FishbowlNY TVNewser TVSpy LostRemote AgencySpy PRNewser GalleyCat SocialTimes

Posts Tagged ‘Jack Anderson’

FNC’s Henry: ‘I have a Sincerity You Can’t Make Up’

FNC’s newest White House correspondent Ed Henry has no apparent self-esteem issues. When AdWeek asked him about his style for a recent interview, he spoke of his own sincerity. It’s also adorable that he’s already comfortably on a first-name basis with “Roger.” That would be FNC President Roger Ailes.

You have to have a certain style to attract those viewers. What about your style? How would you describe it? I’m an old print reporter, just like Brit Hume here at Fox. I started with Jack Anderson, the muckraking newspaper columnist, and he had a certain style. You had to write lively copy and cut to the heart of the story. I’ve heard from Roger [Ailes] and other people at Fox that one of the reasons they wanted to hire me was I have a sincerity that you can’t make up. I’m passionate and that has to come out. I love politics. I love breaking news, I love bringing context to big stories, and you can’t fake that. And I like to have a little bit of fun on air, and that is something Fox does better than anyone else.

Read the full interview here.

Mediabistro Course

Freelancing 101

Freelancing 101Starting December 1, learn how to manage a top-notch freelancing career! In this online boot camp, you'll hear from freelancing experts on the best practices for a solid freelancing career, from the first steps of self-advertising and marketing, to building your schedule and managing clients. Register now!

Fishbowl5 With National Press Club’s New Prez

Meet AP‘s Mark Hamrick, a new V.I.P. in town. The Washington, D.C.-based online video producer and business correspondent was sworn in as National Press Club President Saturday night. Watch the video with President Obama here.

1. You’ve been elected President of the Press Club. How does it rank with other great moments in your life? It ranks right up there with our wedding and the birth of my son, Christopher. As I told those on hand in the ballroom, it will probably be the best, largest such gathering before my funeral, except I got to be present for this one.

2. You’ve worked for AP for a quarter century. How does that feel and how do you think you’ve changed as a person and journalist in that time? First, as a person, I hope I’ve developed more empathy. As a journalist, my sense of mission has only grown stronger. On the job, I’ve learned to trust my instincts and intuition more. I think more about trying to make emotional connections to people with my work.

3. Your dad worked for AP. Did you always know you’d go into the journo business? My dad brought home a cassette recorder from his work in the 1960s and I was immediately fascinated by it. I knew I wanted to go into radio very early and was hanging out at my first station when I was 15 years old. I was employed soon after that doing newscasts and everything else one did around a small station. I went to a presidential news conference with my dad when Ford was visiting Topeka, saw the network reporters there like Tom Brokaw and knew that was what I wanted to do.

4. What improvements do you think need making at NPC? What is your platform for change or doesn’t it need it? The National Press Club has never been stronger financially. I want us to seek higher-profile speakers, including those who can participate in discussions about journalism. The public is eager for it, given what I’m seeing in the social networking space. Another project we’ve started is with a new Diversity Committee, which will help us to reach out to a variety of groups and individuals. We can do a better job telling the story of the National Press Club and why it presents a compelling value to prospective members.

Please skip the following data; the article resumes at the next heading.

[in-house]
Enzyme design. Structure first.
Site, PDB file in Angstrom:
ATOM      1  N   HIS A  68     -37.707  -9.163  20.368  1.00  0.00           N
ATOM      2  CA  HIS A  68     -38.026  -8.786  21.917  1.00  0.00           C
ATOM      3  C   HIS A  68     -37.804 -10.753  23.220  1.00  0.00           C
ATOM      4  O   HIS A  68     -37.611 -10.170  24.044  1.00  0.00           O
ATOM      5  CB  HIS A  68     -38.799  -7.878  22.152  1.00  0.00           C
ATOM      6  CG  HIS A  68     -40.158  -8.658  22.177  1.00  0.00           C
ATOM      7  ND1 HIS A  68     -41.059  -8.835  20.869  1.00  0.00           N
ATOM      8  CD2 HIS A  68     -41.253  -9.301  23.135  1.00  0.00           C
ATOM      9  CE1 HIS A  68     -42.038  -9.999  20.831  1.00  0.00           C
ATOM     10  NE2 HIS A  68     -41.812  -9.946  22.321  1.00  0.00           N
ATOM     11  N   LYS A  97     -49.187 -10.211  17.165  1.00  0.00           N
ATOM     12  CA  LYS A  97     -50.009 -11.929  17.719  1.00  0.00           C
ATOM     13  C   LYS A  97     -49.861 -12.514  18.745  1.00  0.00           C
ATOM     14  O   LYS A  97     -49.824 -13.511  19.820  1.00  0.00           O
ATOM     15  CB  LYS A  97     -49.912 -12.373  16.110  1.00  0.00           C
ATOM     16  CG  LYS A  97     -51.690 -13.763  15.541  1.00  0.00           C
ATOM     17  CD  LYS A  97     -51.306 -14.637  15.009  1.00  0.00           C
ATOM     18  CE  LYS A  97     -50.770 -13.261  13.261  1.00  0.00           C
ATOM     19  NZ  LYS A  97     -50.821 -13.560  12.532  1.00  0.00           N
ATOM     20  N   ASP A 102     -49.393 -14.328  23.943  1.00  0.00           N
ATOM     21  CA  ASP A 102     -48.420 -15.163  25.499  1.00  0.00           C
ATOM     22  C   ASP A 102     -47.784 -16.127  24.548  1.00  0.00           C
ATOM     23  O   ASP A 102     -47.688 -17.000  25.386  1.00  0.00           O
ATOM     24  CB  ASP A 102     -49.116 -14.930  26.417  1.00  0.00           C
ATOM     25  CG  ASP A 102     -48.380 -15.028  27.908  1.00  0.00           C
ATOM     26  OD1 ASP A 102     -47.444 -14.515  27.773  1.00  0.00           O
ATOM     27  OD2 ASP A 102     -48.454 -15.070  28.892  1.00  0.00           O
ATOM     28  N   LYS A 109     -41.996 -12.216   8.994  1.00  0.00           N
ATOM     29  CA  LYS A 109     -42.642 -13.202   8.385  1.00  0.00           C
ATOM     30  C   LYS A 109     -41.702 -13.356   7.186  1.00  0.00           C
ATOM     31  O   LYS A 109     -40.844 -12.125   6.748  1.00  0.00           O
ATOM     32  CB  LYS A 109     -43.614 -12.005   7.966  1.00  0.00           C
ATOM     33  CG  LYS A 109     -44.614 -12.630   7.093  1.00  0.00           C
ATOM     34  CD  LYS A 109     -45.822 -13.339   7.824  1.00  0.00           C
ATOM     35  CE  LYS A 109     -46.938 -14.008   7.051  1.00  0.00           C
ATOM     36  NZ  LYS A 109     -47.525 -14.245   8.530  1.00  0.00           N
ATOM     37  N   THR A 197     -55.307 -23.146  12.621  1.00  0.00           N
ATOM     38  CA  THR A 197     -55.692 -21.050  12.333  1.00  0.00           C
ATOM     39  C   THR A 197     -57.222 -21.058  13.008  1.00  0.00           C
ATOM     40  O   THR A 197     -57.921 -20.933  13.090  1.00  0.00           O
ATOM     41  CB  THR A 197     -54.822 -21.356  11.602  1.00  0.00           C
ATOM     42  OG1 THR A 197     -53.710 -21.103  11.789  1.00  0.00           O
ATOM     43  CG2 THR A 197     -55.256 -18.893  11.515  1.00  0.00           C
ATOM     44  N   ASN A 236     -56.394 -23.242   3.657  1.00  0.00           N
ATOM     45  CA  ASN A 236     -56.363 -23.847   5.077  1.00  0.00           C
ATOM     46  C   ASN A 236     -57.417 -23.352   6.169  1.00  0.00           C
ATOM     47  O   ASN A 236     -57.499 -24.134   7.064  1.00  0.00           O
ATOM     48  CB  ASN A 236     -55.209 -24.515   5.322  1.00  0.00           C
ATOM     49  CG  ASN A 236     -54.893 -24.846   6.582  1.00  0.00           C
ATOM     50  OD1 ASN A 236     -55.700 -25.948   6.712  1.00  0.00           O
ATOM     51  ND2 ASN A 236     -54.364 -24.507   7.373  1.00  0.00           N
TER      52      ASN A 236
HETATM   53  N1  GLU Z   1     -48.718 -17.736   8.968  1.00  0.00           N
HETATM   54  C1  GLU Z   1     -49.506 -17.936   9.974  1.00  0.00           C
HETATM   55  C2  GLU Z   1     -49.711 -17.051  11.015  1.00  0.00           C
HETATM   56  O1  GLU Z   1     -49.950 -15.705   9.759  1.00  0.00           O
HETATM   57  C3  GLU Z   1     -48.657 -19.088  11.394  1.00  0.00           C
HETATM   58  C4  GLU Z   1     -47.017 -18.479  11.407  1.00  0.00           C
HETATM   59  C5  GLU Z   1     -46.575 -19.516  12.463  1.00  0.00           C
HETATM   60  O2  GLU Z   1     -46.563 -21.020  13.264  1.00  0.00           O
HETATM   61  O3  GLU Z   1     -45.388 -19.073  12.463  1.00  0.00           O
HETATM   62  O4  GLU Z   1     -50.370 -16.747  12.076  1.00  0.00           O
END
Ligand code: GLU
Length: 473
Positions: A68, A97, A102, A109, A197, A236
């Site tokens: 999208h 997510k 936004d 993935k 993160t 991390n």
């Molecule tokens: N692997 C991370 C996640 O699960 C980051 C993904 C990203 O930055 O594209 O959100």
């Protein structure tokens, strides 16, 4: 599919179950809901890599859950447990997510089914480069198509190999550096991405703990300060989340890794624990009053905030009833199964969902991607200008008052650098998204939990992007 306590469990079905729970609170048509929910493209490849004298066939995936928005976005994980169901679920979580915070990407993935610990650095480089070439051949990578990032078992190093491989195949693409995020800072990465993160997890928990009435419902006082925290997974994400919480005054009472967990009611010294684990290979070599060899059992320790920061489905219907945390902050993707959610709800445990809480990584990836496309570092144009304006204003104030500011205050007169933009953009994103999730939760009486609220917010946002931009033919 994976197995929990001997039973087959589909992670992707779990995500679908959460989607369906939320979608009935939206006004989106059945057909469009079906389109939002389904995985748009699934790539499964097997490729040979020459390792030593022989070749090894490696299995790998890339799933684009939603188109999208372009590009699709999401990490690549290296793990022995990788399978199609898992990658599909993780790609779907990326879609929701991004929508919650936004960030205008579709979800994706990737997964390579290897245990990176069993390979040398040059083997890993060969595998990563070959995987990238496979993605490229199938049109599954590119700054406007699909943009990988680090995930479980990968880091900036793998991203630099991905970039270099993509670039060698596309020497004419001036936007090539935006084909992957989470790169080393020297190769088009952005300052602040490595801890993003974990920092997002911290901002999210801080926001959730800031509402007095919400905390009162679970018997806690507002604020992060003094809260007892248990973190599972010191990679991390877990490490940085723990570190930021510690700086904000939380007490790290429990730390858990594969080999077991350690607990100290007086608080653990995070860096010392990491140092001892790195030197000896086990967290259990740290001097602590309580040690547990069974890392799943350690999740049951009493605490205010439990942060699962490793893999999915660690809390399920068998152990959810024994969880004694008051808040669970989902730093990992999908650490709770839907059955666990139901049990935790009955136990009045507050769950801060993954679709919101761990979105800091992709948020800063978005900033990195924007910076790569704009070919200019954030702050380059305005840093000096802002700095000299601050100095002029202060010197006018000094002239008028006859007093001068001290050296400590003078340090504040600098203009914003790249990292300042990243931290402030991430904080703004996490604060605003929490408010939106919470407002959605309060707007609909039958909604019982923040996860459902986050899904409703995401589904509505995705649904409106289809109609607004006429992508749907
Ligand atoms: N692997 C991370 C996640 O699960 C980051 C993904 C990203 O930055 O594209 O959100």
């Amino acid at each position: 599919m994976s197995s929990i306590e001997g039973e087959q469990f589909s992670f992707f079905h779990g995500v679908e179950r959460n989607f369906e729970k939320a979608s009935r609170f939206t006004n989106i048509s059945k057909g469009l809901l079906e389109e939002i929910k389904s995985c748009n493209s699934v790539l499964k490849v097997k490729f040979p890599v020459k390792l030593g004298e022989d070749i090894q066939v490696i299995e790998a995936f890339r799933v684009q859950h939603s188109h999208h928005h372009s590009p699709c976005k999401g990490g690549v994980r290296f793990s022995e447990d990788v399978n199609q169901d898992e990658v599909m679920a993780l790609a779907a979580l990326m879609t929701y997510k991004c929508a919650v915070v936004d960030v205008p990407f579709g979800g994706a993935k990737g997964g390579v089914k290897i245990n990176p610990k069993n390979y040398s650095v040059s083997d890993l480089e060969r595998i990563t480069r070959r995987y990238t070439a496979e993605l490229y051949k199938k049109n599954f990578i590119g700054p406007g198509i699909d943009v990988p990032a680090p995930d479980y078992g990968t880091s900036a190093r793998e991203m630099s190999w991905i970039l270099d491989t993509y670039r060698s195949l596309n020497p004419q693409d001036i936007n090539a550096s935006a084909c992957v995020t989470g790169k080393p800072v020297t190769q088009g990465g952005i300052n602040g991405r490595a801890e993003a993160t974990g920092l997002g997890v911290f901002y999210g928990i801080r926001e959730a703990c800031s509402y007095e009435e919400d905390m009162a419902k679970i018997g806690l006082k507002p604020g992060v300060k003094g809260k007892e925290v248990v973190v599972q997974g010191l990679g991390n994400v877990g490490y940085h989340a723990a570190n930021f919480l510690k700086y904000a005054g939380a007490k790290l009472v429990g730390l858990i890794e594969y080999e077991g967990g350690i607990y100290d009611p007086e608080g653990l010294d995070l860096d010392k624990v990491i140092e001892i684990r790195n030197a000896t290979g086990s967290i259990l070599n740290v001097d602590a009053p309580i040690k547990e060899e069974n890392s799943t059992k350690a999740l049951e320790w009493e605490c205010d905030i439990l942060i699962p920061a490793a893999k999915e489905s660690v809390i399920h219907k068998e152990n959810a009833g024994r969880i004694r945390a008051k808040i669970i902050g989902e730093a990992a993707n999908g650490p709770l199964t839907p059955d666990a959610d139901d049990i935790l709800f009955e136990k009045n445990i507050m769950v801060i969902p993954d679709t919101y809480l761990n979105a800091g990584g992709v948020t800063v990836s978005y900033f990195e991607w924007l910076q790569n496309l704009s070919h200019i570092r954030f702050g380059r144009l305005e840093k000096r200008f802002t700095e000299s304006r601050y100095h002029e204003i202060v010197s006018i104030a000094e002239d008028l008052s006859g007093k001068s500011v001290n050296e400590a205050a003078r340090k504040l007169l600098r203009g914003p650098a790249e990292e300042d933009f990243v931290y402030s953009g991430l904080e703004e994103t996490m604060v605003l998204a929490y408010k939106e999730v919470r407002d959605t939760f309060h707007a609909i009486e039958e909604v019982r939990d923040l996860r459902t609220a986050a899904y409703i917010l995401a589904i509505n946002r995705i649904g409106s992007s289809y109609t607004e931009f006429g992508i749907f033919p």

5. Assess the state of journalism today and where it’s going. What do you miss from the “old” days and what do you think is exciting about today’s version of journalism? I miss the journalists from earlier generations, like Walter Cronkite and Christopher Glen from CBS and succinct writers like Art Buchwald and Jack Anderson. But I don’t yearn for those days. The pace of change in technology and media is breathtaking.  And, as in the past, people are always interested in knowing about good stories, no matter in video, radio or in print.

A bonus question…

Read more

More Bad Press for Howie

WaPo‘s media columnist and CNN “Reliable Sources” host Howard Kurtz has been getting walloped with bad press as of late. The most recent thwack came Wednesday when Columbia Journalism Review in a lengthy story by Zachary Roth slammed him for staying silent on TNR Editor and Owner Martin Peretz‘s blog post earlier this month: “Muslim life is cheap. I wonder whether I need honor these people and pretend that they are worthy of the privileges of the First Amendment which I have in my gut the sense that they will abuse.”

CJR sharply criticizes Kurtz for making a big splash on former UPI White House scribe Helen Thomas‘s slur that got her tossed out, but staying mum on Peretz. FishbowlDC has requested comment from Kurtz. CJR further pounds away at Kurtz’s “top media critic” status, writing:

A clear pattern of racism on the part of the editor of a major political opinion magazine would seem to be an important issue for America’s best-known media critic to address, so yesterday CJR gave Kurtz another bite at the apple. We asked whether he’d now had a chance to focus on the question, or even whether he’d like to comment more narrowly on the appropriateness of Peretz’s most recent anti-Muslim diatribe. Kurtz hasn’t responded.

But CJR‘s criticism of Kurtz is a walk in the park with puppies and babies if you consider the Washington City Paper‘s recent slicing of the longtime media writer…

Read more